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Grab attention with @user! (bang) mentions

Posted by Andy Singleton on Fri, Feb 14, 2014
  
  

@mentions are the thing that make Assembla indispensable for us. They weave together ticket comments and responses into a conversation. Today, we gave them a little bang! to make them even more useful.

In any message, ticket, or ticket comment, create a mention with @, and add a ! at the end. When you add the ! on the end, it sends an email to that person or group.

like:

@<username/group>! such as @andy! or @support!

Use this feature to get feedback from someone who does not log in to Assembla every day and check mentions.  It's useful for working with clients or people in other departments.

We got this from a customer:

We have plenty of users (QA, Designer, CEO), who will not be living in Assembla. They don't need to come check Assembla every day, and they certainly don't need a digest of the conversations happening between devs when 98% of the conversation doesn't concern them. It's a firehose. However, occasionally we want to ping them or give them an opportunity to chime in on a ticket. it's not always appropriate to assign a ticket to them since they don't _need_ to respond. @Mentions looked like the perfect solution ... [but it doesn't send emails].

REVIEW OF MENTIONS

Use mentions to bring other users directly into your conversation.  In any message, merge review, ticket, or ticket comment, type @ and start typing the name of the person that you want to bring in.  Assembla will pop up a user search form and you can select the user you want.  They will receive a notice, in real time, on their start page and in the little red box on the top bar of their Asembla app.  They can click through to your conversation, and respond.

Mention Tip: If your didn't know, you can create labels to mention different teams or groups like @marketing or @support. To setup lables, go to the Team tab and click in the “Label” column for any team member. Once labels have been added, such as support, you can type @support almost anywhere in Assembla to get the support team’s attention. Add a ! to email the entire group with your mention. 

For more information on @mentions, check out these articles introducing mentions and popup user search.

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Using Codebox as a Web-Based Code Editor for Assembla

Posted by adam feber on Wed, Aug 28, 2013
  
  

Using Codebox to edit Assembla Git repositories online is really easy with their recent Assembla integration. You and your team members can simply work on a clone of your Assembla repository, test the code and then push back to Assembla.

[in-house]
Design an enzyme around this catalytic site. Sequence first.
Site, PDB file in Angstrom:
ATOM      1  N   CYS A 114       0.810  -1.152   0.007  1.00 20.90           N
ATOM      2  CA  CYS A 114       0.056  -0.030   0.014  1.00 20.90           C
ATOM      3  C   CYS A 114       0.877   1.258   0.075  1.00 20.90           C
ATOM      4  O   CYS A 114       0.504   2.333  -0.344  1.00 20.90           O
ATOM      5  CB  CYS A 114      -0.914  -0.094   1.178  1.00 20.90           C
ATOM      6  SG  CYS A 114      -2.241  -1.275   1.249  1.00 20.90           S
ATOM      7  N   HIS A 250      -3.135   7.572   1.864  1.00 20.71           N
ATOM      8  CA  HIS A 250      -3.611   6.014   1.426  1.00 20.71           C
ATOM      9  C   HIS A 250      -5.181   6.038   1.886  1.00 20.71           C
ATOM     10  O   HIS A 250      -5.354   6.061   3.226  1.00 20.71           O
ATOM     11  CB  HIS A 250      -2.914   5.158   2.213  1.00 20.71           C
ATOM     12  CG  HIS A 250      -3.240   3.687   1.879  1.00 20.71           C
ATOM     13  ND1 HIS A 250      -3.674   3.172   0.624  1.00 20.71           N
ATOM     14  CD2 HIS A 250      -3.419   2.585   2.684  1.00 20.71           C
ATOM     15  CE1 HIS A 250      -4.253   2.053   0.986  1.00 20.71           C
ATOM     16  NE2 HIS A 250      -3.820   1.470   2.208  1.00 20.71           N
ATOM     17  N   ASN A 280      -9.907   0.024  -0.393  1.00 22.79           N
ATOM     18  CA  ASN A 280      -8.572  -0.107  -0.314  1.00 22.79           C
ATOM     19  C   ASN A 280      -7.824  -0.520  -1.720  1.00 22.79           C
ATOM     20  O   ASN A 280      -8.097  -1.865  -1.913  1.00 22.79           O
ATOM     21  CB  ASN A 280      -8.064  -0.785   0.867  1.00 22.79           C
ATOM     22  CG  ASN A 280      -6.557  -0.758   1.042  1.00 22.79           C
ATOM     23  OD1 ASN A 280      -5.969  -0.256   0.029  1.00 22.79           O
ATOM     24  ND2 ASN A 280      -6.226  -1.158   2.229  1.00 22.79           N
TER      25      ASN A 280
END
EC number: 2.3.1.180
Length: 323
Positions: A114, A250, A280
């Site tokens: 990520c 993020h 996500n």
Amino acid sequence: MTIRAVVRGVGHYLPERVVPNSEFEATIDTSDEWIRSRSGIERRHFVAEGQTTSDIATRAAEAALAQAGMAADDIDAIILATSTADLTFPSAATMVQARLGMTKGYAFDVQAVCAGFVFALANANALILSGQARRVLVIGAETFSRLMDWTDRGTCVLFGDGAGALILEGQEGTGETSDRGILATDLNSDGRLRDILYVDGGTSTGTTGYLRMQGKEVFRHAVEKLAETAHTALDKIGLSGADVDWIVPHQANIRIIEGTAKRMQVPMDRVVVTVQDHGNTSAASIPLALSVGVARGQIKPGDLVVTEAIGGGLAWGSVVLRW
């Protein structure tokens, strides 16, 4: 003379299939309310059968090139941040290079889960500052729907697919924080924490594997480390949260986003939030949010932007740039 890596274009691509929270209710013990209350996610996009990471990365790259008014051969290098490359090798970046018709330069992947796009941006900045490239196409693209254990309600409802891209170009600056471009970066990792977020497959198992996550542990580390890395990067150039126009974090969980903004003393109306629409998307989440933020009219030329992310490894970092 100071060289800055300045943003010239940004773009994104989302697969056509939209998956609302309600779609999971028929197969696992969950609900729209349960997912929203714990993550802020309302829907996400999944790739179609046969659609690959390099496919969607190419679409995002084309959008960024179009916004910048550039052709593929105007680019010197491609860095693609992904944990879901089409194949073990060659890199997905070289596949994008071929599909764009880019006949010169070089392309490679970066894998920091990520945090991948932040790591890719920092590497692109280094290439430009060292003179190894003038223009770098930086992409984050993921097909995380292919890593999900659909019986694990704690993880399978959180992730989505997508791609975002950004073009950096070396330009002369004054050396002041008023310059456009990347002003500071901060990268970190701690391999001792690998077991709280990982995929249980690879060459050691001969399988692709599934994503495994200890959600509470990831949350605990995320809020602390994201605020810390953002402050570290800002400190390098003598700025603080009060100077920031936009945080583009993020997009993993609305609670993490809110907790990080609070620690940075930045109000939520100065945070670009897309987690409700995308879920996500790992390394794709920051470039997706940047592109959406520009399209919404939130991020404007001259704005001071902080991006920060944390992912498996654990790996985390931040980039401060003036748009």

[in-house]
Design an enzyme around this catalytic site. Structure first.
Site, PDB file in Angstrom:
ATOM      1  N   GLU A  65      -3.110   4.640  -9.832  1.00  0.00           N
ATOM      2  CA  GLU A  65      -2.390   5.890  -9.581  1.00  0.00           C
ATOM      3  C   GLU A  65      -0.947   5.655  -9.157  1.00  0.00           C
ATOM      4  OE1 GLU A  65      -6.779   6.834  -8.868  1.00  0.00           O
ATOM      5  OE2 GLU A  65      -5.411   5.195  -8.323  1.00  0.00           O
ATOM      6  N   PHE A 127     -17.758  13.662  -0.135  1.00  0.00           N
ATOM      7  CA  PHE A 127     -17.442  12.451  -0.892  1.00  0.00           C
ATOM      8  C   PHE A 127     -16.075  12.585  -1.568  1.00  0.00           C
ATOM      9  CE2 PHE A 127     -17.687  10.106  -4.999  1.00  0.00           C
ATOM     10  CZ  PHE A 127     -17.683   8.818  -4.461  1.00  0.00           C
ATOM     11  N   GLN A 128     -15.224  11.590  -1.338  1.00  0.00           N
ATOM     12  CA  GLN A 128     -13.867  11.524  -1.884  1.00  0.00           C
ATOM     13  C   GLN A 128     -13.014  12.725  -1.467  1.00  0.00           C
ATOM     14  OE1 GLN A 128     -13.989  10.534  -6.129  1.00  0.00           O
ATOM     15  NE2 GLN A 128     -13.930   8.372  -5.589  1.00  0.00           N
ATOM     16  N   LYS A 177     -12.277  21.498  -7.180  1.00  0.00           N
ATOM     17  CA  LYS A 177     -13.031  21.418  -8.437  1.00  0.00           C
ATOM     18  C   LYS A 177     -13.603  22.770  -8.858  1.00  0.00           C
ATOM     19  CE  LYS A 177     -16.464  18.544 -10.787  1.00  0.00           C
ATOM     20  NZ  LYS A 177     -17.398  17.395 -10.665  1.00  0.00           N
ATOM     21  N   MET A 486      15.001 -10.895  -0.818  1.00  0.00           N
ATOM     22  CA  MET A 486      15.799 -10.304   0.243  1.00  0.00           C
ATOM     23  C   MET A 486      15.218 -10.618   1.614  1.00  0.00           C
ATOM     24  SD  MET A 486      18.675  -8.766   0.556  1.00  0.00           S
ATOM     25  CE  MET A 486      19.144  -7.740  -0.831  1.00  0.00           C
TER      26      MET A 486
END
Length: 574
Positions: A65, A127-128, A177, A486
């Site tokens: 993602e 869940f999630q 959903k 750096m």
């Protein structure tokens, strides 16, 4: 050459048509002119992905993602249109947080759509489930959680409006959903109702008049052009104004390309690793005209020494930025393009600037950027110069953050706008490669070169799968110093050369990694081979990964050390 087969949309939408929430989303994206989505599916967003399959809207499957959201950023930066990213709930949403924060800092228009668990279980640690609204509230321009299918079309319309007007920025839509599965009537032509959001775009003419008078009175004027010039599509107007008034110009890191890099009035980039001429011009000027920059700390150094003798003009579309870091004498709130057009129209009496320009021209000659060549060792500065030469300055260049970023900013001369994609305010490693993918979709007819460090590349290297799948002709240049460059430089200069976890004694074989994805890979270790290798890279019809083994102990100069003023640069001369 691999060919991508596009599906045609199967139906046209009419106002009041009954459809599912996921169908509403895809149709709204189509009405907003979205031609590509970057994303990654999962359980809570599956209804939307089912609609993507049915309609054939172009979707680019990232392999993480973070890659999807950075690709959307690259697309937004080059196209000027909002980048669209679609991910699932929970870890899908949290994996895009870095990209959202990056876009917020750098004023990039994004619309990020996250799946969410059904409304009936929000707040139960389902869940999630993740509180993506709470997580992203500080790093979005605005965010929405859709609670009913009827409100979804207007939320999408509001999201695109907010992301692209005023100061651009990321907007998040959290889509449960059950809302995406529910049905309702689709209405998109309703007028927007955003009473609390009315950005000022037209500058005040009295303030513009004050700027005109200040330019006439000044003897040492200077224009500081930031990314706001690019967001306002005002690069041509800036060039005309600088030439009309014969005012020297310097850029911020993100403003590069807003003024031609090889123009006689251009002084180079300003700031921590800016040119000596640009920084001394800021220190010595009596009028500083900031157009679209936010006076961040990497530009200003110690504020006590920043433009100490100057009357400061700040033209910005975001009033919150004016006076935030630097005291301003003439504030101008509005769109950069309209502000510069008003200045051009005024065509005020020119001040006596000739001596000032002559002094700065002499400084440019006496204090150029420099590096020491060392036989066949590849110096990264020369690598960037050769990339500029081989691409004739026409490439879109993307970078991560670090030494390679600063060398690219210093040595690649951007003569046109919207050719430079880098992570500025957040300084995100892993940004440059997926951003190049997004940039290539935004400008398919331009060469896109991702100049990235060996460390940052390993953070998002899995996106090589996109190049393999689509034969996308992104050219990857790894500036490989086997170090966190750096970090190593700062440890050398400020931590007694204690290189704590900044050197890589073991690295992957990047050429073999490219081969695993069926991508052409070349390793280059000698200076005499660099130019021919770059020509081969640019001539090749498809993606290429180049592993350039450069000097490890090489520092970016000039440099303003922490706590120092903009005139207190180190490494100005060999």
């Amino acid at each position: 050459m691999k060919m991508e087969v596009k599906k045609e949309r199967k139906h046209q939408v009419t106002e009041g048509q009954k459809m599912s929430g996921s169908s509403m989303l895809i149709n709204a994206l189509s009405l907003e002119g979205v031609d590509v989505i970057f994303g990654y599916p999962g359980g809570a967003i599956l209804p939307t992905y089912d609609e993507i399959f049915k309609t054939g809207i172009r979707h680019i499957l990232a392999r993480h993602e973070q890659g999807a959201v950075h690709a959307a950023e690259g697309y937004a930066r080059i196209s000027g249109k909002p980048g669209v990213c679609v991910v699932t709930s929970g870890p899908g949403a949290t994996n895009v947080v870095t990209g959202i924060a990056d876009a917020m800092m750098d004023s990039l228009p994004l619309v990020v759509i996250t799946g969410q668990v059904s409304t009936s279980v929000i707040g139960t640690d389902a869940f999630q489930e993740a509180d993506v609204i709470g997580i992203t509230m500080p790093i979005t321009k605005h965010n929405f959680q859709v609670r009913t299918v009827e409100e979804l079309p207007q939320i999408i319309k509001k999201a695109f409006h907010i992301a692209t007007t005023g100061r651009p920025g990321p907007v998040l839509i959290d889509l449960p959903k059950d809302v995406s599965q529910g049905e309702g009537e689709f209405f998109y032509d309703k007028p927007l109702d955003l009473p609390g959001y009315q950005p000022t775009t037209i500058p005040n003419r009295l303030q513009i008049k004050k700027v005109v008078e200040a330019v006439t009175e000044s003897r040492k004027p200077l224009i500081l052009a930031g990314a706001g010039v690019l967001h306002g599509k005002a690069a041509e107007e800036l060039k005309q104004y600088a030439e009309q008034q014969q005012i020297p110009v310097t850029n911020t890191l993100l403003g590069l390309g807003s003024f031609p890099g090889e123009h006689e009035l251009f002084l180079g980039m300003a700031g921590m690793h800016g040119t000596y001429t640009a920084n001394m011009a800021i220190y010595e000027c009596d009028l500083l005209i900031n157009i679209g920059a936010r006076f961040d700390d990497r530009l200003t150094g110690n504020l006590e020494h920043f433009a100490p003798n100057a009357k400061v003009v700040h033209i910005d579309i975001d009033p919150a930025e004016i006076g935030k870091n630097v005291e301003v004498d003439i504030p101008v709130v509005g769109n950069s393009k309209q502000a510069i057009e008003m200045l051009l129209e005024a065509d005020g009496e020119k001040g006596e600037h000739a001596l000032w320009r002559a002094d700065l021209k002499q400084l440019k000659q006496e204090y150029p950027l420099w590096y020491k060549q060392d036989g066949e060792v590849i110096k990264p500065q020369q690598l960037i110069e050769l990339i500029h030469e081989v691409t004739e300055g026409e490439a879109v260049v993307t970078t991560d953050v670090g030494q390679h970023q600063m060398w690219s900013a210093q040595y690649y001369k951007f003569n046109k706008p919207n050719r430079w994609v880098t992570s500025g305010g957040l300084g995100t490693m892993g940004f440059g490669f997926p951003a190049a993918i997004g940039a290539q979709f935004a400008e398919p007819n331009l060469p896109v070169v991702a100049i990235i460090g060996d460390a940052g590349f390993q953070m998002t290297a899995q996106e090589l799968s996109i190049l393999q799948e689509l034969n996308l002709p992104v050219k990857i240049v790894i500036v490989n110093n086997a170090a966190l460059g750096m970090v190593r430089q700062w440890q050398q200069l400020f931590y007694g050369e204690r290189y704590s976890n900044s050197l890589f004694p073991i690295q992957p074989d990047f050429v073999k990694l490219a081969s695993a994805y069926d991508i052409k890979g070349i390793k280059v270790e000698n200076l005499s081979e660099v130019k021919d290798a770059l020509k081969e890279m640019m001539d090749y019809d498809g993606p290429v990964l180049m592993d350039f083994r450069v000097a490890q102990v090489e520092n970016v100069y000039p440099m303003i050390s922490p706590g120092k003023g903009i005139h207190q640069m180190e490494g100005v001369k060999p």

1. Sign up for FriendCo.de

You can easily sign up and log in with your Assembla account. 

friendcode 1

2. Import a Repository to Work On

Visit the repository settings page of your FriendCode account and select the 'Import' button for the repository you would like to import.

Note: If you already had a login to FriendCode and did not sign up via Assembla, you will have to connect your Assembla account on this page before you can import individual Assembla repositories. 

friendcode 2

After clicking 'Import', a modal will guide you through the import process. You can change the name, the description, and choose to import as a private repository. Note: You must not have any spaces in the name to successfully Fork. 

friendcode 3

3. Edit and Commit

FriendCode will now display the page of your newly imported repository, simply select the branch you want to work on (for exemple “master” or “dev”). You can also create new branches off other base branches.

friendcode 4

FriendCode has now created a full workspace for you to edit that branch : you can open files, edit them, save changes, and commit your changes.

friendcode 5

friendcode 6

4. Push to Assembla

When you are ready to push to Assembla, open the left panel and select the deployment solution “Push upstream” which will push your new commits to the original repository on Assembla.

friendcode 7

A logs tab will open to show you the result:

friendcode 8

And you will see the commit in your Assembla repository:

friendcode 9

Happy coding!

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Stop Burying your Important Tasks in your Backlog

Posted by Michael Chletsos on Tue, Jul 16, 2013
  
  

Have a large Backlog? Hate sorting the entire thing? Want to move fast and continuously? Then stop sorting your entire Backlog.  Just don't do it.

Instead, sort only the important tasks to the top of the Backlog, once those are done, or more appropriately, starting to dwindle, then sort the next batch of tickets to be used.  This ensures you are not wasting time by:

  1. Not sorting tasks that will never get done
  2. Sort only the priorities you can handle now
  3. Allows you to shift priorities quickly
  4. Keeps your tasks prioritized
  5. Allows you to create a Pull system
  6. Preventing work on not-ready tasks